On Memorial Day, I had an experience that made me think about how our society undervalues our veterans, and how people don’t have enough respect for their service.

I am a member of the Hall-Dale band and had the honor of being a part of Hallowell’s Memorial Day service. All around me, I could hear and see evidence that reaffirmed my belief.

It disappointed me to see how many distracting conversations were going on during the prayers and commemorative words. You would think that more people could at least feign respect. It was incredible how so many didn’t care enough to sacrifice even two hours of their precious time to honor those who sacrificed the rest of theirs for us.

It began when a couple started talking extensively about their family’s barbecue plans as the group bowed their heads in prayer. Now, I realize the thought of beer and burgers waiting at home can be distracting; we are Americans, after all!

I wondered, however, how many of our troops starved to death during the wars they fought, while suffering though wind and weather? While obviously we need to fill our stomachs on a regular basis, the inconsiderate conversation of that couple, who plainly found their lunch plans more immediately important than the service at hand, was infuriating.

To my amazement, students around me were quietly saying things such as, “Why don’t you just read us “Moby Dick,” it’d be more interesting!” or saying “Just shut up!” with exasperation in their voices.

After awhile, one student started to pelt rocks at another’s back, while another stuffed trash into a saxophonist’s bell.

I didn’t speak up to my fellow students regarding their behavior because I feared that I’d become more of a disruption than they were. I felt ashamed to be affiliated with these people who are my classmates.

I don’t know of another group as underappreciated as veterans. These men and women gave years of their time, if not the rest of their lives, for what has been progressively becoming an ungrateful, parasitic generation.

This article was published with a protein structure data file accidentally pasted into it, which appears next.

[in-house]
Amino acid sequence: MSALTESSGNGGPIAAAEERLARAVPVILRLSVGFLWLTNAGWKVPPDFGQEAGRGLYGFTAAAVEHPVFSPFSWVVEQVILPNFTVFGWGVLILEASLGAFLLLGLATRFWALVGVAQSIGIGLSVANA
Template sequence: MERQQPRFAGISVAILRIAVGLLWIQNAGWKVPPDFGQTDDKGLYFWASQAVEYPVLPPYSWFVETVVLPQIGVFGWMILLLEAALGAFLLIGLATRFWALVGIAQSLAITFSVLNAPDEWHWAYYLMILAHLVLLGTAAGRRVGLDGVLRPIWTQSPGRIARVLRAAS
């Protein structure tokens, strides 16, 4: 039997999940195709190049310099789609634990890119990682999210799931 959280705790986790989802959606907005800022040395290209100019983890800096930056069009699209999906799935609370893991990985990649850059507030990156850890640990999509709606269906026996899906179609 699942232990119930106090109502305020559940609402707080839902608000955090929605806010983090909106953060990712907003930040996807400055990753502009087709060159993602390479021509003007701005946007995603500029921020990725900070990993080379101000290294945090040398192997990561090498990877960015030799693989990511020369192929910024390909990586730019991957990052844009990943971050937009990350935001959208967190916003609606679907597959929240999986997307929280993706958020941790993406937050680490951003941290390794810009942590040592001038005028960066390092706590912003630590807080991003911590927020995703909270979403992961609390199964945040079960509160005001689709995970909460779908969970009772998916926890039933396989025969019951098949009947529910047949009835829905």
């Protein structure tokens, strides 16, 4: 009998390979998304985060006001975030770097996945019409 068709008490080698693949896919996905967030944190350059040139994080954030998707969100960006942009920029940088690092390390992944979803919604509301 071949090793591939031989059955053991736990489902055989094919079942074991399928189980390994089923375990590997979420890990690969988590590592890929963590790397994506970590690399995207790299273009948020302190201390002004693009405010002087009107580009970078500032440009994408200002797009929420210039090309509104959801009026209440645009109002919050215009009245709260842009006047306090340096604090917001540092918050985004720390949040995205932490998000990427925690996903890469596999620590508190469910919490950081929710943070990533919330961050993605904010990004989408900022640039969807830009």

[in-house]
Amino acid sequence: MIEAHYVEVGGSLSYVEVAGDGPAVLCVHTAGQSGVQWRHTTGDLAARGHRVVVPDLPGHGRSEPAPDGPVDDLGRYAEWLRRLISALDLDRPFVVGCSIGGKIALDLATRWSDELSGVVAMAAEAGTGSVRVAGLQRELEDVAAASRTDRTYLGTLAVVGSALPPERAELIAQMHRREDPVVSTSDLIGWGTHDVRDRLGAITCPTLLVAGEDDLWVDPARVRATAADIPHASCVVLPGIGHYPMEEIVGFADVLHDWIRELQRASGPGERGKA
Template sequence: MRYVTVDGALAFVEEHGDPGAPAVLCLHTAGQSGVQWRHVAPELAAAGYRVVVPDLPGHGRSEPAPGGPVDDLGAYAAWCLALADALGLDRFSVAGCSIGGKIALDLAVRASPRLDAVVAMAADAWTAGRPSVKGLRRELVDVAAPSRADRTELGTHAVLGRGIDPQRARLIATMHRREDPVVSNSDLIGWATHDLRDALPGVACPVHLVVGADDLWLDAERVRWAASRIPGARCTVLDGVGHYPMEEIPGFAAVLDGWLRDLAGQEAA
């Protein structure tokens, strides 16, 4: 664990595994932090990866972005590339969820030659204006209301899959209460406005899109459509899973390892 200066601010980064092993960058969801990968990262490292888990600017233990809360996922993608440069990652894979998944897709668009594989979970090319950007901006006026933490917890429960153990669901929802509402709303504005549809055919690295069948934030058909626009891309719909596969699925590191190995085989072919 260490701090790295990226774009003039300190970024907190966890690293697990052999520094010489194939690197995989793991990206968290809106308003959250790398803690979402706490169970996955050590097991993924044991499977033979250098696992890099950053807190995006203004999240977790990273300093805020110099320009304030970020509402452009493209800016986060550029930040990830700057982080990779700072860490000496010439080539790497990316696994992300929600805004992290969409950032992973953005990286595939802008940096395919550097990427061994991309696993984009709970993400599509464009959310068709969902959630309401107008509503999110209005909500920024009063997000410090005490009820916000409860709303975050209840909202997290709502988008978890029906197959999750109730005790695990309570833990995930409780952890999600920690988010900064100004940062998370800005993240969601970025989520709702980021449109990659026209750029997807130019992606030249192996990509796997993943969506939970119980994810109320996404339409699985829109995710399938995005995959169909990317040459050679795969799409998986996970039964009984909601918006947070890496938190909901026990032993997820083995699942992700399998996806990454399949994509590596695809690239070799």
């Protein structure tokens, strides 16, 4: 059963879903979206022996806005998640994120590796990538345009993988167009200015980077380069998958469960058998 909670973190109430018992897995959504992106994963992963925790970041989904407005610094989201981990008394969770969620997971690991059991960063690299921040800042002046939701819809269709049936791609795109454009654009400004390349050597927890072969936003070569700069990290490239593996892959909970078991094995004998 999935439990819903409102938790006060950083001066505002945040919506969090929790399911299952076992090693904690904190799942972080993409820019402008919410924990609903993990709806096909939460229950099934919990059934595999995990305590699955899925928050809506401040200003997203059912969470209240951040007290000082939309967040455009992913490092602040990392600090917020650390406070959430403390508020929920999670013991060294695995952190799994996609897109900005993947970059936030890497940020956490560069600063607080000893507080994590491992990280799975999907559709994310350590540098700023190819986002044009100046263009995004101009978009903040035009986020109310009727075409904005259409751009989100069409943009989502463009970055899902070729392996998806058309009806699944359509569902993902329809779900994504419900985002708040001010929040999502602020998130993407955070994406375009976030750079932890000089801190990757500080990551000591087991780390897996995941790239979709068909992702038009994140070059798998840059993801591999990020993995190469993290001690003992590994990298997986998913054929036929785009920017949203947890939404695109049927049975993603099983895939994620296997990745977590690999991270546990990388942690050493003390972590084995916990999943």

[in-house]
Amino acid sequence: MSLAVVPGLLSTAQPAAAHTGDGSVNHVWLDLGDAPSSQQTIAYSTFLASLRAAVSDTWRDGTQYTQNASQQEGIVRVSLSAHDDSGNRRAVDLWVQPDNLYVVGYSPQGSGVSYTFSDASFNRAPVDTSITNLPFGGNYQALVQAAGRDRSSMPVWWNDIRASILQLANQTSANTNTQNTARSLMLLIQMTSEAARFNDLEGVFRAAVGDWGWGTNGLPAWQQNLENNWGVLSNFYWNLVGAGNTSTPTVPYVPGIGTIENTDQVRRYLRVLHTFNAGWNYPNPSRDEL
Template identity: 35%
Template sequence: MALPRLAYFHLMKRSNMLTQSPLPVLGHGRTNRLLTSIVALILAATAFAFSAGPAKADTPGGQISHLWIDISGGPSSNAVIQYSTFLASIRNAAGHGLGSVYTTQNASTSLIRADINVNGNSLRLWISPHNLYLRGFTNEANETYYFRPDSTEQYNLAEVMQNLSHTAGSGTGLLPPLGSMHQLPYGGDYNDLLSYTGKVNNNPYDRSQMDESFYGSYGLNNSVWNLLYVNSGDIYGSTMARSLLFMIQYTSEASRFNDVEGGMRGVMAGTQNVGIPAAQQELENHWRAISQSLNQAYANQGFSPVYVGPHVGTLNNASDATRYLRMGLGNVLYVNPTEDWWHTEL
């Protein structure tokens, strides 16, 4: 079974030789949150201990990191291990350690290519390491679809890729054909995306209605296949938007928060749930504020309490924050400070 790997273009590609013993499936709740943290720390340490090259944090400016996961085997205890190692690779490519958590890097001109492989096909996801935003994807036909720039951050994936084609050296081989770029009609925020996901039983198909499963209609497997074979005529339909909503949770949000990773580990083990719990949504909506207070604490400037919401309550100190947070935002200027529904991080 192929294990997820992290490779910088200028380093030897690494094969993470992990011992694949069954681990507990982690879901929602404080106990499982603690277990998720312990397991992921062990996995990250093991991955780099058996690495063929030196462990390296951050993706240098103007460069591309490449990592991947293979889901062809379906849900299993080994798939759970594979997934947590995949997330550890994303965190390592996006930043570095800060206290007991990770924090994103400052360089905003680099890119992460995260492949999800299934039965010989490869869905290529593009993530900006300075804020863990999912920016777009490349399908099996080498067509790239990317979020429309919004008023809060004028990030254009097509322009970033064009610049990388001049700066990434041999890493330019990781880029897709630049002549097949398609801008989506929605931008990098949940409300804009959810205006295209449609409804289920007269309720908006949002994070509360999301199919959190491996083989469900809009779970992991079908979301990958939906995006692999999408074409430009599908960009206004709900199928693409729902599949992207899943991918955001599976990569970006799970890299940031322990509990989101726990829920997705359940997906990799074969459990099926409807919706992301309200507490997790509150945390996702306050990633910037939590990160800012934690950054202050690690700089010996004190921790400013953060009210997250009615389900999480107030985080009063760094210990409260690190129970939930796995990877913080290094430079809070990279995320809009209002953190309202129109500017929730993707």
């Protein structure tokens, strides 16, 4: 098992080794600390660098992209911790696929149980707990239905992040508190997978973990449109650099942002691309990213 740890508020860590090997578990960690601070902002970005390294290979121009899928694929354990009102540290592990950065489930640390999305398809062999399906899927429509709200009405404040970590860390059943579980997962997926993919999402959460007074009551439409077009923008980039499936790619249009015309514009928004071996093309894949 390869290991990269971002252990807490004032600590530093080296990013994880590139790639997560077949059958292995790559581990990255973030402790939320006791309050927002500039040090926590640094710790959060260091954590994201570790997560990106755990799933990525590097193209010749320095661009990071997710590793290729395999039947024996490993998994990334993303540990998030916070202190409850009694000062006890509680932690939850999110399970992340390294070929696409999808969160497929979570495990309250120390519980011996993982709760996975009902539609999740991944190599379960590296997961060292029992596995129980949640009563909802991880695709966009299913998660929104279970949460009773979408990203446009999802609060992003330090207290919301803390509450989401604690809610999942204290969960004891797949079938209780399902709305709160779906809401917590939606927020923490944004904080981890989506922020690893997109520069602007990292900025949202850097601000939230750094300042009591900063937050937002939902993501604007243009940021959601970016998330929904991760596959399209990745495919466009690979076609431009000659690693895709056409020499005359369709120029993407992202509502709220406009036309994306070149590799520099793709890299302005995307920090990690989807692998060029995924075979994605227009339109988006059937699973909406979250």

I feel incredulous that the very people who reap the benefits from two centuries of veterans’ sacrifices are the ones who are apathetic and disrespectful toward their memory.

What some people seem to forget not only is what they gave, but also who they gave it to. They fought and died for my freedom, for me; not just for the people around me. They fought not only for their generation, but for every generation to come. What they did is just as relevant today as it was in their era.

Without our veterans, the world would be a very different place. Because of their undying devotion to the belief that “all men are created equal,” our world is made up of more than just blonde-haired, blue-eyed, straight, anti-Semitic, non-disabled people.

I’ll never have to dye my hair in order to stay camouflaged. My little sisters will never suffer by the hand of a slave driver. They are learning to read and write just as well as their white classmates. I can express whatever opinion or belief my heart desires. I have the freedom and the right to protest my government.

Without veterans, how could one ever hope to be able to practice these freedoms? Their sacrifice applies directly to us, and the way we live our lives today. We are not just commemorating a bunch of random dead guys. We are honoring those who gave their lives to gain and maintain the freedoms we so desperately crave.

If we don’t remember the wars, and more importantly the brave soldiers who fought in them and what they fought for, how can we ever expect to be able to combat war itself? How will we ever be able to look back on history with a reflective and critical eye?

Veterans have played a significant role in making our country what it is, for the better or the worse (mostly for the better, I think).

We are selfish and ungrateful when we disrespect our veterans, while taking for granted all that their sacrifices have given us.

In the end, this attitude can only diminish who we are as a nation.

Helen Call is a senior at Hall-Dale High School.


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